We can say that probably video games is the industry that knows better how to motivate, how to notch behavior and most of the successful apps, they have game design principles into their app design. So I’m talking, moving beyond gamification, I’m talking about game design principles like intrinsic motivation, hypertension or [inaudible] of complexity or difficulties playing games and to progress into the app with new content, with new features. So these kinds of techniques and this kind of knowledge on how to motivate is something that has been applied in many places. At the end, this is what we want to do. We want to be able to definitely engage with the right level of engagement, to the different users, to the characters, to the passion, with the goal of improved different outcomes.
But this is what we want to find, where the key elements that they are going to motivate and improve their health care outcomes that every app they have different ones and be able to succeed and make the app really strong.
Here, I’m showing one schema about how we interact, how we communicate with our partners and indeed the client I really want to highlight, that it’s her third component of communication that is the front end dashboard, where our product have full transparency, full knowledge of which [inaudible] production, which side formation or functions are applying into the data? Which model is in production and when we have changed the version? What is the accuracy? What is the different features that are feeding those models? All this information is available into the dashboard but I would show later.
The second way of communication is through API or SDK directly with the end user. Here I want to talk about one of our partners, that is Maternity Foundation. So Maternity Foundation has developed a Safe Delivery App, which is an online learning app, to improve a skilled birth attendant, training or support. By formally protect to midwives. I want to talk a bit about, midwives indeed. So midwives stay flat. So a well-trained midwife, is able to almost reduce the mortality of mothers on the neonatal mortality up to two-thirds, if the midwife is well trained. So the impact that organization, such as the Maternity Foundation are having in saving life is crucial because they focus on improving the learning skills of new [inaudible] around the world, many in low-income settings. So, this is how we are working with them.
We are working with them the worst opportunity session and we create an adaptive learning journey with the right content, with the right term for commendation, but the right time to help them into their work, to help them to continue learning with the right information, for everyone at the right pace.
Here, I’m showing you some data from users in Ethiopia. So here we can see on the right, that we have some predictions on learning progress, on the usage of this app. So we can see that there is a change of behavior for the users, that they are able to progress beyond level five. We observed that even if most of the users are not able to progress beyond that level, if they do, mainly are midwife or physicians.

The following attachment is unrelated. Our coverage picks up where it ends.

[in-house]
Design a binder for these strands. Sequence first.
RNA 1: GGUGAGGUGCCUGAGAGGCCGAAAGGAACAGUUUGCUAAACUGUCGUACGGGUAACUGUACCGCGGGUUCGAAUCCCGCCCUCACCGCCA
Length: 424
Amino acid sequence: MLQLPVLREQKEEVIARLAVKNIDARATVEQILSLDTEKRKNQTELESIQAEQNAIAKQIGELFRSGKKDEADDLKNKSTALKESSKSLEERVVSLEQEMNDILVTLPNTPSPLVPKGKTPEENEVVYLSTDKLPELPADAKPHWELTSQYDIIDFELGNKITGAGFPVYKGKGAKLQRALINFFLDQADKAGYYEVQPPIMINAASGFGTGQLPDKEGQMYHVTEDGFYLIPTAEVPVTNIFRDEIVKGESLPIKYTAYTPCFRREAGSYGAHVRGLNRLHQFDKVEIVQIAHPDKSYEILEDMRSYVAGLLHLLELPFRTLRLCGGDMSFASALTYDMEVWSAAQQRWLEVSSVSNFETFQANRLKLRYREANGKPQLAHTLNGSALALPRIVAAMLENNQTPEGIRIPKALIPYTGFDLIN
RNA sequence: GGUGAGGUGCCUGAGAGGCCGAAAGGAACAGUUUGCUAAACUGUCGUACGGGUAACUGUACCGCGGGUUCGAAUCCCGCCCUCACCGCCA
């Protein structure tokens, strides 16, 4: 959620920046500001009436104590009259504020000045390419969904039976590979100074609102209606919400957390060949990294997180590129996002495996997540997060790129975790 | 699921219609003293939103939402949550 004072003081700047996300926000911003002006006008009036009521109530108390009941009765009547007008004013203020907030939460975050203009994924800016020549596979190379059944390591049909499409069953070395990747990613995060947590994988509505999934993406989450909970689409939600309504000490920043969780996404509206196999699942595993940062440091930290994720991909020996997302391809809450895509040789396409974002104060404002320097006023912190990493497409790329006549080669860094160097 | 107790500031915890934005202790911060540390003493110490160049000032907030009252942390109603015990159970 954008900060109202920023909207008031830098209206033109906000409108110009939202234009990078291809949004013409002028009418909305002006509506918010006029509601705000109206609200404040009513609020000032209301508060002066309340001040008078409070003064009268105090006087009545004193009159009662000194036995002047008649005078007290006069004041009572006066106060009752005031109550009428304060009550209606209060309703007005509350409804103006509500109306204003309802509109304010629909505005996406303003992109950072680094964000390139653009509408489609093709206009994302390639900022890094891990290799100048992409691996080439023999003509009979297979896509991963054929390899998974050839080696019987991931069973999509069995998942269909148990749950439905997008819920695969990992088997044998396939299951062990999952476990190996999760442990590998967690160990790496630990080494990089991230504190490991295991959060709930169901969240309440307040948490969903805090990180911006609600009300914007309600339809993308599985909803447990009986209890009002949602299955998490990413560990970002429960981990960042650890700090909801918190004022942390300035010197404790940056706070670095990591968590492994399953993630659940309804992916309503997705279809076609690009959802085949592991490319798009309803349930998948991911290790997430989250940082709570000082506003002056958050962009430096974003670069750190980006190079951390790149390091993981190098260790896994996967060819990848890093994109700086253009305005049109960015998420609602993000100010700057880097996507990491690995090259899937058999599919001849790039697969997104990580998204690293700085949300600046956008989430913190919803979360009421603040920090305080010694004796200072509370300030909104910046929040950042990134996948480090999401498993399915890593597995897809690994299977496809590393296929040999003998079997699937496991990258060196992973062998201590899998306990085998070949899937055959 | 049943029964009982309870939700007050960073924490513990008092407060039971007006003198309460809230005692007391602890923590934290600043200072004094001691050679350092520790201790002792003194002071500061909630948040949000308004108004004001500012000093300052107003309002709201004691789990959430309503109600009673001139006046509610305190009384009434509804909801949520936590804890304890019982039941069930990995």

And also here we are showing predicted progression level versus predicted connection time. So we observe, and this makes a lot of sense, but this is why it’s important to continue engaging them, is that predicted progressively Level increase with predicted connection time. And most of the users that are able to progress above level five, will spend at least three hours using the app. So, the fact that they engage in the app, that they enjoy using the app, that’s made them learn more, and at end, save lives.
So this is a definite stumble to the partners with whom we are working, the kind of hub that we’re integrating. I come back here to the System Schema, but the infrastructure here in this applied, I just want to show, a very high level view of the infrastructure.
So our back hand, it’s called Kubernetes cluster. We are using Databricks for our data pipeline and model training on MLflow or model management system. I’m here, so in some of the products that we have incorporated, that are in production and here, we serve the full cycle of the data ingestion until the action and the implementation of the different instances. So first of all, we have the data ingestion models, where our partners can come and in a self-serving way, they can upload the schema, define the schema, define the different projects they have. And they have different KPIs to see how the nursing is going. From the core data structure point, this is the word, all the data from all the different partners talk the same aggregation and well not the same aggregation because it depends from partners to partner. They are uniform.